(I’ve excerpted from the longer call, which should appear shortly on the IVSA site.)
Clarification about the process: as I understand it (and as I recall from the 2007 conference), they try to organize panels and sessions by (1) asking people to propose panels and then (2) asking people to submit papers to/for specific panels; but papers that don’t fit can be submitted, too.
I organized a panel in 2007 on which Morgan Ames and I presented papers. I directly invited some other people I knew to be doing relevant work who didn’t usually come to IVSA, and decided not to attend. The conference organizers then sent the panel organizers the complete set of abstracts that had been submitted, for us to look for proposed papers that were (1) relevant and (2) of good quality, insofar as we could tell from the abstracts. If I remember correctly, other people contacted me with directly later, with proposed papers. So the panel ended up being a mix of people I knew and had invited, and people I didn’t know who submitted abstracts that I deemed appropriate.
I’m thinking about proposing a panel — haven’t decided what topic.
IVSA conference 2009, University of Cumbria, UK, July 22nd – 24th:
‘Appreciating the views: how we’re looking at the social and visual landscape’
The 2009 International Visual Sociology Association conference will be held in the north-west UK region of Cumbria, probably better known as the English Lake District. It’s being jointly hosted by the University of Cumbria and one of its Research Institutes, the Centre for Landscape and Environmental Arts Research (CLEAR). The conference will address two interrelated main themes; of subject – Landscape and the Environment, and of approach – the varied methodologies of visual enquiry.
Call for Panels: Closing Date: 24th November 2008 (24.00 GMT)
Possible start points for panels might include:
Ideas and representations of the wild
Definitions of the urban and the rural
Visual dimensions in environmental politics
Changes in landscape use
Land based lives and occupations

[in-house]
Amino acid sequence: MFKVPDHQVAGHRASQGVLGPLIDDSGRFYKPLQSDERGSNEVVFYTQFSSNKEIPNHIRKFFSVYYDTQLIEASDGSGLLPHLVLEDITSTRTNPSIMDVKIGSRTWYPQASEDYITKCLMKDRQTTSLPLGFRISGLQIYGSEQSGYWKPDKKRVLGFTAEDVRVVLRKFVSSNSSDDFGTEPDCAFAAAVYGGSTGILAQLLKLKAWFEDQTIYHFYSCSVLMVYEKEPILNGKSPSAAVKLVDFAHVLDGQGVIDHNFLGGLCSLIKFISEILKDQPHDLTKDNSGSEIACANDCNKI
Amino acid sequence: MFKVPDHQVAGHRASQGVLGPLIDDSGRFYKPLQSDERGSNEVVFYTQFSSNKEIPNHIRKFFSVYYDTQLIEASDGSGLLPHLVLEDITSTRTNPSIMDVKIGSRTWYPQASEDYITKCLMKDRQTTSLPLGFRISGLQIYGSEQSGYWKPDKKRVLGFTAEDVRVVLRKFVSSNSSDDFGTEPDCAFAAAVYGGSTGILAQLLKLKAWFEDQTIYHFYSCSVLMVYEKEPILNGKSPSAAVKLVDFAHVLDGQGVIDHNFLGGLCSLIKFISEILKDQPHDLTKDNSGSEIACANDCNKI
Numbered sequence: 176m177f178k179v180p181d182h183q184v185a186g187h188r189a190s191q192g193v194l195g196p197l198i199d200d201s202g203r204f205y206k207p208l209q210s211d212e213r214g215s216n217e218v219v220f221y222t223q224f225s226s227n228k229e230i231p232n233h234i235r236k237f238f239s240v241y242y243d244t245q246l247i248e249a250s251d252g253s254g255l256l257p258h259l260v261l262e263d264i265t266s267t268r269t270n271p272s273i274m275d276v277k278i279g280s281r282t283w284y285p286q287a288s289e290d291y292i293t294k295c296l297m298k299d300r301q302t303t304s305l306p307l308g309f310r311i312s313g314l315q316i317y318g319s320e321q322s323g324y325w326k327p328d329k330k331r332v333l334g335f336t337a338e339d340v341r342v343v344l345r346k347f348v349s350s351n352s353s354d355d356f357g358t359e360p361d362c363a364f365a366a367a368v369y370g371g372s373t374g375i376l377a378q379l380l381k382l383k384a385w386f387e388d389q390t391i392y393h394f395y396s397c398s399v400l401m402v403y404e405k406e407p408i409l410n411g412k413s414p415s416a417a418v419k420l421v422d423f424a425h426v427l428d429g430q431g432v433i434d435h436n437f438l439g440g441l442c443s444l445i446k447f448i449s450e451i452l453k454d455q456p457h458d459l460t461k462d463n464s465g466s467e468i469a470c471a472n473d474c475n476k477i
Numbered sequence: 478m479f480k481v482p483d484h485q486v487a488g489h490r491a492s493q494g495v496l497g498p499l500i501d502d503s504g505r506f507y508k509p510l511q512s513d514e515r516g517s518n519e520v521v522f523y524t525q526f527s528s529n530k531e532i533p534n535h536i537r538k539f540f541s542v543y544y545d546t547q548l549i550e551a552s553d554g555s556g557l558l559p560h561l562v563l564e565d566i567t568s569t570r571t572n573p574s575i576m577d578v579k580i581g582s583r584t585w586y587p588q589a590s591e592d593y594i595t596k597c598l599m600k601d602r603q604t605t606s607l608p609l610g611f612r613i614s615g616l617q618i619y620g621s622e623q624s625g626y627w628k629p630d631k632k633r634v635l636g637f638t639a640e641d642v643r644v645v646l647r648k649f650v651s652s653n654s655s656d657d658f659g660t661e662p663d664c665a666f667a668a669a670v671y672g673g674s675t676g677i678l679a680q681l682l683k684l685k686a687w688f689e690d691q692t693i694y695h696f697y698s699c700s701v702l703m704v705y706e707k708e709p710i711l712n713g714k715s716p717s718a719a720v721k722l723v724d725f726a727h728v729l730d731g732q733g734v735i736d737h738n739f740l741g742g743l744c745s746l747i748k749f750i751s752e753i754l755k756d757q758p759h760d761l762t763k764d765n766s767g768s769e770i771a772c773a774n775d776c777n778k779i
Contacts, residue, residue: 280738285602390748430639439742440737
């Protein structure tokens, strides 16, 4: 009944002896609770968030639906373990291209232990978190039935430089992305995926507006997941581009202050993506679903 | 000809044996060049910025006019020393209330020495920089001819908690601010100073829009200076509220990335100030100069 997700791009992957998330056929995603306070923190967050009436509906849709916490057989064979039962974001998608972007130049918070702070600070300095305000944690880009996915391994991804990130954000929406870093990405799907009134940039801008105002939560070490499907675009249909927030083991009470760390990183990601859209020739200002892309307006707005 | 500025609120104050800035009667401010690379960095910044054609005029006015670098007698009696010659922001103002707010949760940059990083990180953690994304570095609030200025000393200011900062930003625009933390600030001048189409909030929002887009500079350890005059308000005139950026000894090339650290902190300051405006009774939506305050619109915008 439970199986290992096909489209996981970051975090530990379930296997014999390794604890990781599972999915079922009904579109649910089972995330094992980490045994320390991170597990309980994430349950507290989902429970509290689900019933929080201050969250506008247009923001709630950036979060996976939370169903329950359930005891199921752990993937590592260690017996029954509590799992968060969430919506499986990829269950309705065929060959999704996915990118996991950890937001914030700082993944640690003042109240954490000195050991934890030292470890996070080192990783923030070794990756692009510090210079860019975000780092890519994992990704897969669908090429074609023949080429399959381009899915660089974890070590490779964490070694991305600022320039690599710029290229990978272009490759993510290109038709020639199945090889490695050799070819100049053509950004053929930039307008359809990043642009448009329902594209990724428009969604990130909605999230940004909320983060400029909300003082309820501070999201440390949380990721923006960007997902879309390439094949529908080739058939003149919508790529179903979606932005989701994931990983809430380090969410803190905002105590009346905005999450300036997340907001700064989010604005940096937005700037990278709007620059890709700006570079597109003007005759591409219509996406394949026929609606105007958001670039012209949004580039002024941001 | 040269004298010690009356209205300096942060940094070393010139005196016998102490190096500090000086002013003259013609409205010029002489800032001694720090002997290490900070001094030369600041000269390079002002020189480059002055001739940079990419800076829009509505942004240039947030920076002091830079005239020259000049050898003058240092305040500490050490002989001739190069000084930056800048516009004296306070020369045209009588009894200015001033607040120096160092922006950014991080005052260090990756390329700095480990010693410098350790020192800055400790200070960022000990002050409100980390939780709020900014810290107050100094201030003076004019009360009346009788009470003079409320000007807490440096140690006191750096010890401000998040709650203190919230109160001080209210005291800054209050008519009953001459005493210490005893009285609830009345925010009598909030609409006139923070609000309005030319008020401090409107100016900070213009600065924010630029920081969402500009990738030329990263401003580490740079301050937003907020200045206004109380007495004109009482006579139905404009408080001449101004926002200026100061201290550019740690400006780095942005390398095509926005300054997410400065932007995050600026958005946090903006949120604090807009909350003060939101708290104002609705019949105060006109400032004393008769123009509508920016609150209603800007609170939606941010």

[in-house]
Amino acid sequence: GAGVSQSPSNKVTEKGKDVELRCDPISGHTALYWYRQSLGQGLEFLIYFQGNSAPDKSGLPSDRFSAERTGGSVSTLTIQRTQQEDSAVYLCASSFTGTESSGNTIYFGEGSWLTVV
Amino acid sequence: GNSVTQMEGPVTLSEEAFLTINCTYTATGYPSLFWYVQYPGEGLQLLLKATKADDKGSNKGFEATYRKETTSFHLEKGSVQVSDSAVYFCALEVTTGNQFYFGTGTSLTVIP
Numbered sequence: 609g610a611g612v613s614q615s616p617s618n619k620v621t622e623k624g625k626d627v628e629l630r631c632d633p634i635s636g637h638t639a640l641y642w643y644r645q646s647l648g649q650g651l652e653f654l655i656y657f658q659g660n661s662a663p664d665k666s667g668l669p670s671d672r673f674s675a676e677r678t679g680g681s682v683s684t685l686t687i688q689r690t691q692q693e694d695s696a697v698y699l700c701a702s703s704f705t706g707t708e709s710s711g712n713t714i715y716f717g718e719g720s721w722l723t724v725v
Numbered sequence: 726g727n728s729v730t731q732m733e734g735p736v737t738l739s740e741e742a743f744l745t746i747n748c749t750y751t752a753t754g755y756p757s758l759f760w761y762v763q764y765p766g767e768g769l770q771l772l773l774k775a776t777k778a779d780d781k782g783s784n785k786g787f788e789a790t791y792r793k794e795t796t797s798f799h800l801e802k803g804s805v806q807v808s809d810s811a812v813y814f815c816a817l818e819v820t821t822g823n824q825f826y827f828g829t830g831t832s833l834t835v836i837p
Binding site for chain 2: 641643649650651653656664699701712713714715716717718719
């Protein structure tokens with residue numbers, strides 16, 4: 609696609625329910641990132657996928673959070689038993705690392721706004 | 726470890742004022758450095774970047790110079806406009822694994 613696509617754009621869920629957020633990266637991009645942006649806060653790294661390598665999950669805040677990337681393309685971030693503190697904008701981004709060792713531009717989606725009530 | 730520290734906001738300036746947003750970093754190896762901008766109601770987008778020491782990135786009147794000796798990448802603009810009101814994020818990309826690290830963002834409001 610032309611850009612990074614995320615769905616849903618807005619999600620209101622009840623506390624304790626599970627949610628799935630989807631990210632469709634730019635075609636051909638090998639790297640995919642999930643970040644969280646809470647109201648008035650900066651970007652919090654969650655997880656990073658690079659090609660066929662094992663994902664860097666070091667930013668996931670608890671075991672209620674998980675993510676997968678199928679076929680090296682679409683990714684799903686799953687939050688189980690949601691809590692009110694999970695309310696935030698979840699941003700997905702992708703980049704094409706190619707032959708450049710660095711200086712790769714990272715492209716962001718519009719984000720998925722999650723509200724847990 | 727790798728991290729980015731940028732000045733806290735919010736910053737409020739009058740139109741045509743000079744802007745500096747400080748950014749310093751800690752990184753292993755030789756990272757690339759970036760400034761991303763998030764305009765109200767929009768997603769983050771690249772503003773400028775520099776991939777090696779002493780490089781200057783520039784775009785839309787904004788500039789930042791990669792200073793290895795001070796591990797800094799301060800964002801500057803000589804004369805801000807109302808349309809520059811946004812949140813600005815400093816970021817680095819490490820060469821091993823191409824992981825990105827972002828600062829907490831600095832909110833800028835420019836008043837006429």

Land based sports and activities
Landscape and identity
Landscape as a representation of nationalism
Environment defined above concepts of nation
‘Act local think global’ – the politicised environment
Intersections between local and global landscape
Contested claims to the land – challenges to developments etc.
Landscape aesthetics and their appreciation – the sublime etc.
Landscape intervention – national parks etc.
Colonial and post-colonial mapping of identity
Landscape ideologies in advertising, film etc.
Creative interpretations of landscape and the environment
(This is of course not by any means an exhaustive list – remembering that we are a visually based organisation, we do actively expect ideas and themes which expand and enhance this kind of indicative perspective)
Panel organisers are expected to provide: a panel title, a 250 to 300 word summary / abstract expanding the intentions that inform their intended panel theme, their contact details, and a very brief simple identifying sentence on themselves / the panel chair. (i.e. “Attila is a project leader at the Pan-Asiatic Institute of Land Conquest, and has long standing research interests in travel and social anthropology”.
The full list of accepted panels and their organisers will appear on the IVSA website soon after this, along with the more detailed call for individual papers.
Call for Papers: First ‘open’ closing date: 19th January 2009 (24.00 GMT)
This first early date is intended to take account of the often extended administrative processes many academics face in seeking funding and approval for participation in events such as this. All papers received by this first date will be peer-reviewed, and responded to quickly. For those whose applications require consideration of publication the IVSA does run its own academic journal ‘Visual Studies’, and though all acceptance decisions rest with the editorial board suitably written up conference paper submissions in the visual field are encouraged and always welcomed.
Paper authors should provide a title for their paper, a 250 to 300 word abstract, any specific technical requirements, their contact details, and a brief identifying sentence on themselves (as in the call for panels above).
Paper submissions should be sent in the first instance to one of the nominated panel organisers. However, we will also plan space for a few general panels considering methodological, ethical and practical issues of good research, so should you feel your work is so individual that it cannot possibly fit any of the offered titles, you may send your submission as a word attachment in one email directly to Gordon Simpson and Karen Bassett …
Call for papers: Second ‘extended’ closing date: 28th April 2009 (24:00 GMT)
This second date is to allow scope for participation for those whose work may not be planned quite as far ahead as the ‘career academic’, such as the many postgraduate students working on projects which won’t be completed until later in the academic year – or of course those who may only come across the call for papers late. Submissions here will be subject to a quicker process of approval than full peer-review, and acceptance at this point will be subject to remaining available space within the conference schedule.
Paper authors should provide a title for their paper, a 250 to 300 word abstract, any specific technical requirements, their contact details, and a brief identifying sentence on themselves (as in the first call for papers above).
Second deadline submissions should be sent directly as a word attachment in one email to both to Gordon Simpson and Karen Bassett …